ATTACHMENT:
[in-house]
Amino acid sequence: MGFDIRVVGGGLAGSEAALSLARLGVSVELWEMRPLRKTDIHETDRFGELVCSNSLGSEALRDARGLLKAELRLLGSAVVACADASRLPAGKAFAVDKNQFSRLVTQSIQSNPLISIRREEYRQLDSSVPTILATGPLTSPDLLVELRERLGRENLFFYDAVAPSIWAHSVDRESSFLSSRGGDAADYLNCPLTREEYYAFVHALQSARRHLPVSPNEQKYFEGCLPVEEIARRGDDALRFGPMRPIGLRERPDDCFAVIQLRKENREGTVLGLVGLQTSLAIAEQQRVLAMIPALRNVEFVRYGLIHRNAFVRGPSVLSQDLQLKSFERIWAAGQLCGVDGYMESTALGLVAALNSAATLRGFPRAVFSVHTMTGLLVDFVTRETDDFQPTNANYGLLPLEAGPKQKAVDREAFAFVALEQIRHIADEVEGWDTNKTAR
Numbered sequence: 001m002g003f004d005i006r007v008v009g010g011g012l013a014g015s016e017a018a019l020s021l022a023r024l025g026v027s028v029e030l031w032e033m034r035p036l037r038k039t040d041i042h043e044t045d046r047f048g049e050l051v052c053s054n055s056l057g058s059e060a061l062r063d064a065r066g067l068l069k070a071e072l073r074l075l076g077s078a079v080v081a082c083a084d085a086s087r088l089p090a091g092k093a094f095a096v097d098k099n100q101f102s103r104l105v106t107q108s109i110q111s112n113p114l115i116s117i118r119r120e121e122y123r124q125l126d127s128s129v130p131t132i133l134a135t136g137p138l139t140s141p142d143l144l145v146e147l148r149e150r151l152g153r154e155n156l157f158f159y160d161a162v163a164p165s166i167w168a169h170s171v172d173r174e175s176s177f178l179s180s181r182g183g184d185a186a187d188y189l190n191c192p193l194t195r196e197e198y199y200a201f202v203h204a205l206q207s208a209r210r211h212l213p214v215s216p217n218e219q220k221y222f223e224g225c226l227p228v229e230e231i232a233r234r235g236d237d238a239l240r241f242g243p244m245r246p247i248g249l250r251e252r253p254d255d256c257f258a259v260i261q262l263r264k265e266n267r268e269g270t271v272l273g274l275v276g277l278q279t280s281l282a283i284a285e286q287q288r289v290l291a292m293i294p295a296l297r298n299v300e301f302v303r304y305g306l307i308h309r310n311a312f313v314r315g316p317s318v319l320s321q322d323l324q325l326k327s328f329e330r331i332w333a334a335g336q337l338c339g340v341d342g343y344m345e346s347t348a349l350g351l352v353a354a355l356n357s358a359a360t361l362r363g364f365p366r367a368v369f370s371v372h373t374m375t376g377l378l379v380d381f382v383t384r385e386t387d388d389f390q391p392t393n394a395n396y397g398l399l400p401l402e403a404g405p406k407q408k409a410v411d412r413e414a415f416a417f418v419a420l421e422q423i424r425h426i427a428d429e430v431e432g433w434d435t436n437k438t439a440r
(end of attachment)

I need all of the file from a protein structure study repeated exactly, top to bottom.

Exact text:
[in-house]
Amino acid sequence: MGFDIRVVGGGLAGSEAALSLARLGVSVELWEMRPLRKTDIHETDRFGELVCSNSLGSEALRDARGLLKAELRLLGSAVVACADASRLPAGKAFAVDKNQFSRLVTQSIQSNPLISIRREEYRQLDSSVPTILATGPLTSPDLLVELRERLGRENLFFYDAVAPSIWAHSVDRESSFLSSRGGDAADYLNCPLTREEYYAFVHALQSARRHLPVSPNEQKYFEGCLPVEEIARRGDDALRFGPMRPIGLRERPDDCFAVIQLRKENREGTVLGLVGLQTSLAIAEQQRVLAMIPALRNVEFVRYGLIHRNAFVRGPSVLSQDLQLKSFERIWAAGQLCGVDGYMESTALGLVAALNSAATLRGFPRAVFSVHTMTGLLVDFVTRETDDFQPTNANYGLLPLEAGPKQKAVDREAFAFVALEQIRHIADEVEGWDTNKTAR
Numbered sequence: 001m002g003f004d005i006r007v008v009g010g011g012l013a014g015s016e017a018a019l020s021l022a023r024l025g026v027s028v029e030l031w032e033m034r035p036l037r038k039t040d041i042h043e044t045d046r047f048g049e050l051v052c053s054n055s056l057g058s059e060a061l062r063d064a065r066g067l068l069k070a071e072l073r074l075l076g077s078a079v080v081a082c083a084d085a086s087r088l089p090a091g092k093a094f095a096v097d098k099n100q101f102s103r104l105v106t107q108s109i110q111s112n113p114l115i116s117i118r119r120e121e122y123r124q125l126d127s128s129v130p131t132i133l134a135t136g137p138l139t140s141p142d143l144l145v146e147l148r149e150r151l152g153r154e155n156l157f158f159y160d161a162v163a164p165s166i167w168a169h170s171v172d173r174e175s176s177f178l179s180s181r182g183g184d185a186a187d188y189l190n191c192p193l194t195r196e197e198y199y200a201f202v203h204a205l206q207s208a209r210r211h212l213p214v215s216p217n218e219q220k221y222f223e224g225c226l227p228v229e230e231i232a233r234r235g236d237d238a239l240r241f242g243p244m245r246p247i248g249l250r251e252r253p254d255d256c257f258a259v260i261q262l263r264k265e266n267r268e269g270t271v272l273g274l275v276g277l278q279t280s281l282a283i284a285e286q287q288r289v290l291a292m293i294p295a296l297r298n299v300e301f302v303r304y305g306l307i308h309r310n311a312f313v314r315g316p317s318v319l320s321q322d323l324q325l326k327s328f329e330r331i332w333a334a335g336q337l338c339g340v341d342g343y344m345e346s347t348a349l350g351l352v353a354a355l356n357s358a359a360t361l362r363g364f365p366r367a368v369f370s371v372h373t374m375t376g377l378l379v380d381f382v383t384r385e386t387d388d389f390q391p392t393n394a395n396y397g398l399l400p401l402e403a404g405p406k407q408k409a410v411d412r413e414a415f416a417f418v419a420l421e422q423i424r425h426i427a428d429e430v431e432g433w434d435t436n437k438t439a440r